Further Thoughts on Congress, Sedition, and Impeachment

I would second much of what Greg said. Impeachment is the best option for the reasons he gives. 

But we need to take a moment to recognize how numb we’ve become to the awful and extraordinary.

The sitting president, who lost an election, urged his supports to violently storm the Congress. They did so to disrupt Congress’s formal counting of electoral votes that would recognize his opponent as the duly elected president. From news reports, many of those storming the Congress were prepared to murder the sitting vice president because he did not go along with the president’s unconstitutional call for him to reject a handful of state’s electoral votes. They spoke of killing the Speaker of the House. They murder a capitol hill police officer in their efforts to get members of Congress. The president praised them—saying he “loved them”—and they continue to call for further violence. His own party continues to equivocate on what should be done, more concerned with a possible backlash from their supporters than the sitting president’s seditious behavior. 

Against this backdrop, Congress took a weekend break! 

If we cannot understand this as a fundamental and violent challenge to our constitutional democracy, we have taken a large step to abandoning America’s experiment in constitutional self-government. Read the accounts in the Washington Post and New York Times of how events unfolded. They are much more horrifying than we are acknowledging. Things could easily have been much worse.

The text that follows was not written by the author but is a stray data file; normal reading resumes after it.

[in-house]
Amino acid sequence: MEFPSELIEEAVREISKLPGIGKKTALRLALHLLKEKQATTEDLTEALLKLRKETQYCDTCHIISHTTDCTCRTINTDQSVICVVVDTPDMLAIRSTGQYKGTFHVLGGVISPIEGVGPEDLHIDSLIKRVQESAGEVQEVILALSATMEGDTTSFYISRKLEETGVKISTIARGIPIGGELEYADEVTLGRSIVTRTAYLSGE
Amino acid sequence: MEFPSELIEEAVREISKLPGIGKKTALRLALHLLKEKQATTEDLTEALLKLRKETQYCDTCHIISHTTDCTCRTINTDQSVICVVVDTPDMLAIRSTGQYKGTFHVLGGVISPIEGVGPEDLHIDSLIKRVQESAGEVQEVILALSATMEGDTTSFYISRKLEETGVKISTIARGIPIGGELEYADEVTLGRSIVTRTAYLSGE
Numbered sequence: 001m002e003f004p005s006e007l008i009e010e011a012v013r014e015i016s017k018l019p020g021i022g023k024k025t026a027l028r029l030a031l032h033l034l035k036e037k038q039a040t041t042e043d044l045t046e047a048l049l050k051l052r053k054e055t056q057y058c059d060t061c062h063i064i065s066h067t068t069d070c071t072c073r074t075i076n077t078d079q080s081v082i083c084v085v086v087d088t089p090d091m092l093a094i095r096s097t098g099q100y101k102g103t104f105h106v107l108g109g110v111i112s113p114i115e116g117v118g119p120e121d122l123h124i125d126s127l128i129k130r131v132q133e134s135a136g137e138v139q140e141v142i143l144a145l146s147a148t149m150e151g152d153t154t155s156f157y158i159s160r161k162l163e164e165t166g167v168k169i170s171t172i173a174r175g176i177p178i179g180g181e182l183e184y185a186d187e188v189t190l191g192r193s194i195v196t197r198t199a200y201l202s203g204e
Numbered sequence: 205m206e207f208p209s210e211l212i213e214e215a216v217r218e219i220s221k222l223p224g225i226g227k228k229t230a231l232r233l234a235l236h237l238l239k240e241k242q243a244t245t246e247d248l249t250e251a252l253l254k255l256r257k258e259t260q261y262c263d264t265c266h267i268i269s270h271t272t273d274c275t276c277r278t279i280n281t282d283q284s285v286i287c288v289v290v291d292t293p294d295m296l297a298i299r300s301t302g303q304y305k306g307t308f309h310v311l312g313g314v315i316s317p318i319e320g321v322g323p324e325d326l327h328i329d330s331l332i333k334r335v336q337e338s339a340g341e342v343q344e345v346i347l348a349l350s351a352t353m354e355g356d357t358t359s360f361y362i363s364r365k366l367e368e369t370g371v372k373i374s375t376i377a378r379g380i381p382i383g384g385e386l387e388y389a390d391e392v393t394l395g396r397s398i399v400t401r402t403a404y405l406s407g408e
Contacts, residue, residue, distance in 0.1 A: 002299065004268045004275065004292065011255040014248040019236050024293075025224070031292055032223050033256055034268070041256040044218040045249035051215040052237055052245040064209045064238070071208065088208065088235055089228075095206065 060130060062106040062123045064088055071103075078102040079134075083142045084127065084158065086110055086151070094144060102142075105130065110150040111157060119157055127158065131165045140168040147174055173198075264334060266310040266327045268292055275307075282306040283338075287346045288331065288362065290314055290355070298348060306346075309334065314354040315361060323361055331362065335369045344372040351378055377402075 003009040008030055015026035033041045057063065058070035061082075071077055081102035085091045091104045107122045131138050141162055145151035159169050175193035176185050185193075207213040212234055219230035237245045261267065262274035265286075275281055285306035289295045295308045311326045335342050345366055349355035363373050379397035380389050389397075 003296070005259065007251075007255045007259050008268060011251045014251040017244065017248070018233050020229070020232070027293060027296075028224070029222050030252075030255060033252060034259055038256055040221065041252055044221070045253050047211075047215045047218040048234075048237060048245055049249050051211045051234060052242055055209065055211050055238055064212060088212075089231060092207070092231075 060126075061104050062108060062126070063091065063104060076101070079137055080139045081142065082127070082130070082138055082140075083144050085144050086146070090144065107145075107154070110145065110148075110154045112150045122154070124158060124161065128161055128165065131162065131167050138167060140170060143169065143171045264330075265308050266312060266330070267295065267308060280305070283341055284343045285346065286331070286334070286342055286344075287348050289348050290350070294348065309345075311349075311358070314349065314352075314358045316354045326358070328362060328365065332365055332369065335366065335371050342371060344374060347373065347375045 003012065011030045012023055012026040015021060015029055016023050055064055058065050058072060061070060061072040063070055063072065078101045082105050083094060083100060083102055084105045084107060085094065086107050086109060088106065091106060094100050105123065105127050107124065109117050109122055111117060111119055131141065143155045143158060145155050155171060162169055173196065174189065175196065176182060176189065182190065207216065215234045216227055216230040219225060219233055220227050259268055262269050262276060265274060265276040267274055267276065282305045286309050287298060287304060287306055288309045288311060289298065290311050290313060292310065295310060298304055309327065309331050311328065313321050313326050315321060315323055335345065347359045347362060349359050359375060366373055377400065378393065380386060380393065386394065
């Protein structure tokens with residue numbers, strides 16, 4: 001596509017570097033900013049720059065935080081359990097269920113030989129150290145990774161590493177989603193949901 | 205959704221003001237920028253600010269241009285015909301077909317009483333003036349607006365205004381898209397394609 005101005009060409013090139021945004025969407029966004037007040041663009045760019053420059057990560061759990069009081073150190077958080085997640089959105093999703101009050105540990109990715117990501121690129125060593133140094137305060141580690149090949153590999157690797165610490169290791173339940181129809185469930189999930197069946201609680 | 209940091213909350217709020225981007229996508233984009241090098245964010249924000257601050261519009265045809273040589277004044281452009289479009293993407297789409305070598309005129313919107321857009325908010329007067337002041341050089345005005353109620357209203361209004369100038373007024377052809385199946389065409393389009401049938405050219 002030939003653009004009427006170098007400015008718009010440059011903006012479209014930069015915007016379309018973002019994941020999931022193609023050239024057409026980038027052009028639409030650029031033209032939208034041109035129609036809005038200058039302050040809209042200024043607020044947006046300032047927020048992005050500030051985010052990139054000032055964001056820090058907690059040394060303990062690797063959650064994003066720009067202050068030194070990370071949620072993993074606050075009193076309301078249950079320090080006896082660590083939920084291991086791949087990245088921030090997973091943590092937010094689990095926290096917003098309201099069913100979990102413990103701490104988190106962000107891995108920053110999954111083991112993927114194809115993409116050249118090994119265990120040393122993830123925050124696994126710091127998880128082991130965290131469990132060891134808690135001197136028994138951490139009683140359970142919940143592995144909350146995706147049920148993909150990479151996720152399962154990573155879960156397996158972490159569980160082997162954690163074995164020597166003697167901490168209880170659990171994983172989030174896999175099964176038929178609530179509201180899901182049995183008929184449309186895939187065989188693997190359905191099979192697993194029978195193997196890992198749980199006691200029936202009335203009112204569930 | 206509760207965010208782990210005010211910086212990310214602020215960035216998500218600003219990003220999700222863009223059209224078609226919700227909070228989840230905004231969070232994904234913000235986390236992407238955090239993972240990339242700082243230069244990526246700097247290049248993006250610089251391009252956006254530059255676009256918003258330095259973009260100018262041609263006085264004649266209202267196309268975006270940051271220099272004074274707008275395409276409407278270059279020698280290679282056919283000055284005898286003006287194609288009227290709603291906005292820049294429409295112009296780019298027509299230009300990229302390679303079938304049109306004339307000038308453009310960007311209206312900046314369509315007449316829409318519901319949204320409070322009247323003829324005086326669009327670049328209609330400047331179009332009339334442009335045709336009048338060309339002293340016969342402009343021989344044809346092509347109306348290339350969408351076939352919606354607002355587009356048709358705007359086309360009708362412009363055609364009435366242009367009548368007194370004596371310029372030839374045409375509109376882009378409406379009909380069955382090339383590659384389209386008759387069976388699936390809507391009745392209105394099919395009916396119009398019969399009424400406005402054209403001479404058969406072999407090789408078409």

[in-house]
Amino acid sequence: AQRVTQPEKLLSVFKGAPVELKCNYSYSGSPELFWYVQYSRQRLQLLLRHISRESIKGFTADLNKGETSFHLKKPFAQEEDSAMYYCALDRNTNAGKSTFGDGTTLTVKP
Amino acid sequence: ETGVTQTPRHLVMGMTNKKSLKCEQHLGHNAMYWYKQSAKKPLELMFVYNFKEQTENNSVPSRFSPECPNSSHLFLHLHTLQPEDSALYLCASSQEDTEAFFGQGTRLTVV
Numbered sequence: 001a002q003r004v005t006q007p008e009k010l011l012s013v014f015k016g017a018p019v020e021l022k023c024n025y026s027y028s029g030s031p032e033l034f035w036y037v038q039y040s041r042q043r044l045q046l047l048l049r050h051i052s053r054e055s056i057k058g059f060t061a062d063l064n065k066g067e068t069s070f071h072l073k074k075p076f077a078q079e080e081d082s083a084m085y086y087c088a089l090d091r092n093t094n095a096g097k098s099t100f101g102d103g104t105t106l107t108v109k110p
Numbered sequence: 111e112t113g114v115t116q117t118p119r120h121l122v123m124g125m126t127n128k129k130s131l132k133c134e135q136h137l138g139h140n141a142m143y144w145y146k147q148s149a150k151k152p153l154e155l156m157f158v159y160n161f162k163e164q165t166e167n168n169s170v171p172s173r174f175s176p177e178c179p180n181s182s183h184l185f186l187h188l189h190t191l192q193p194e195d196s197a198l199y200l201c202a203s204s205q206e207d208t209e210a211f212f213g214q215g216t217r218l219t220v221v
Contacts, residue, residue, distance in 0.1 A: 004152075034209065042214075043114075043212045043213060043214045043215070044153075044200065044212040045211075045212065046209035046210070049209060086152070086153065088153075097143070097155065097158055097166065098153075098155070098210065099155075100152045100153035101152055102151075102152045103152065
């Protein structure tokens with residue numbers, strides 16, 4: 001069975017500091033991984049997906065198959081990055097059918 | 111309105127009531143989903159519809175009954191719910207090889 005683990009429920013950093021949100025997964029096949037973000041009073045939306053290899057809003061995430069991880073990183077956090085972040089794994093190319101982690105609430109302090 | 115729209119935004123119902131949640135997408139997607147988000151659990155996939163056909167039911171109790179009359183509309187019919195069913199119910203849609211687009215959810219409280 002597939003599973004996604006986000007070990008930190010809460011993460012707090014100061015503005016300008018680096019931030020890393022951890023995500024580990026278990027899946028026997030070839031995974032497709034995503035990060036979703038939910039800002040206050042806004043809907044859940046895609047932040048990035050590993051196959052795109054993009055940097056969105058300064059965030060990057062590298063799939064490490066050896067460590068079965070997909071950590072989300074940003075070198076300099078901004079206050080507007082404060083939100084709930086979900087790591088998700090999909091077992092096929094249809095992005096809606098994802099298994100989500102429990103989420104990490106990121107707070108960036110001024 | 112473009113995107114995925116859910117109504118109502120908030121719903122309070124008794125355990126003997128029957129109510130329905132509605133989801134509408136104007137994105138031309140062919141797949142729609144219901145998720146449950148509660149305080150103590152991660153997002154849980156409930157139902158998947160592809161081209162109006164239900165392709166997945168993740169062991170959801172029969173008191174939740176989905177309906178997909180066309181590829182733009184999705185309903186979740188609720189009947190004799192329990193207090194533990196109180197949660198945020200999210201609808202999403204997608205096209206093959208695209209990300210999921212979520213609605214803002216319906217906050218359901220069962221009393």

I avoided the use of proper nouns above. Simply imagine you are describing any past president doing this. Or any party. Imagine it’s another country. There would be no question that this was an attack on Congress fostered by the sitting president as part of an effort to illegitimately stay in power. 

If Congress cannot impeachment and remove in these circumstances, we have set a dangerous precedent. We treat Trump as an anomaly. And he is. But indulging his behavior, we’ve made it routine. Even now, we seem unable to clearly see what just occurred.

We cannot simply run out the clock. Congress must stand for the future of American constitutional democracy. 

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